Dr. Halsey is a Lecturer in Chemical and Biomolecular Engineering, commencing in 2023. In 2021 he retired as Chief Computational Scientist from ExxonMobil in Spring, TX. He joined ExxonMobil in 1994, and over the next 26 and 1/2 years he held a variety of research, staff, and management jobs in ExxonMobil in New Jersey and in Texas. Prior to his ExxonMobil career, he held faculty and postdoctoral positions in the Department of Physics and the James Franck Institute at the University of Chicago from 1984 to 1994.
WEBSITE(S)| Google Scholar
Dr. Halsey has pursued a variety of research interests over the course of his career, including topics in soft condensed matter physics, applied mathematics, and geological physics, leading to approximately 100 publications and six patents. His most recent interests include the modeling of offshore turbidity currents, which are the dominant physical mechanism by which sediment is moved from onshore into the deep ocean, and approaches to the successful use of modeling of (epistemically) uncertain systems to support decision making. At earlier stages in his career, he worked on the physics of granular flow, pattern formation in statistical systems, notably diffusion-limited aggregation and related growth models, electro-and magneto-rheology, and the statistics of “multifractal” systems that arise in nonlinear dynamics, statistical physics, and complex natural systems. With his co-authors, he published a seminal paper on multifractal statistics that has garnered >4000 citations. Dr. Halsey has been a leader within the Society of Petroleum Engineers in pursuing constructive engagement between the petroleum industry and the emerging energy transition towards a lower carbon energy system.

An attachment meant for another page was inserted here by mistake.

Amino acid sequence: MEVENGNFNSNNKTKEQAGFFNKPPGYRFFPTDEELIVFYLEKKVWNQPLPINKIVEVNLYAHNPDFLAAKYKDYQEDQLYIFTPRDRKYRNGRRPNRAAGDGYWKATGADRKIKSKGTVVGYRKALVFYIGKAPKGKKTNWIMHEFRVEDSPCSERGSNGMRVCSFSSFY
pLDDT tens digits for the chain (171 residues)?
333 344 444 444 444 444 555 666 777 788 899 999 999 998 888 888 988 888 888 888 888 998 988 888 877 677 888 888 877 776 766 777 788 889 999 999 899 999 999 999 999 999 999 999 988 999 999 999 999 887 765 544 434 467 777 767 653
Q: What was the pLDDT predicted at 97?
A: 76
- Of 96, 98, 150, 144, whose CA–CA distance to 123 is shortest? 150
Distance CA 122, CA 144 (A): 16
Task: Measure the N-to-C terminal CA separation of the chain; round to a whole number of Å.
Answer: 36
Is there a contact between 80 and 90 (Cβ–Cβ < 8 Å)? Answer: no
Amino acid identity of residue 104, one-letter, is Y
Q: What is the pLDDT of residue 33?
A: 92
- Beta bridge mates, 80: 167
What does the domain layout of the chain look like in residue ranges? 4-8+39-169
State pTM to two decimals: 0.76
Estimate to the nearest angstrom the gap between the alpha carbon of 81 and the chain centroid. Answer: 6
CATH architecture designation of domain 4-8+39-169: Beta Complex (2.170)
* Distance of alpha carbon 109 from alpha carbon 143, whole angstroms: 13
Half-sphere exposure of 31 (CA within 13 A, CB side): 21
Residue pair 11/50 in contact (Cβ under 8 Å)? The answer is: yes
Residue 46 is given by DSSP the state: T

1984, Ph.D., Physics, Harvard University
1980 B.S., Physics, University of California at Riverside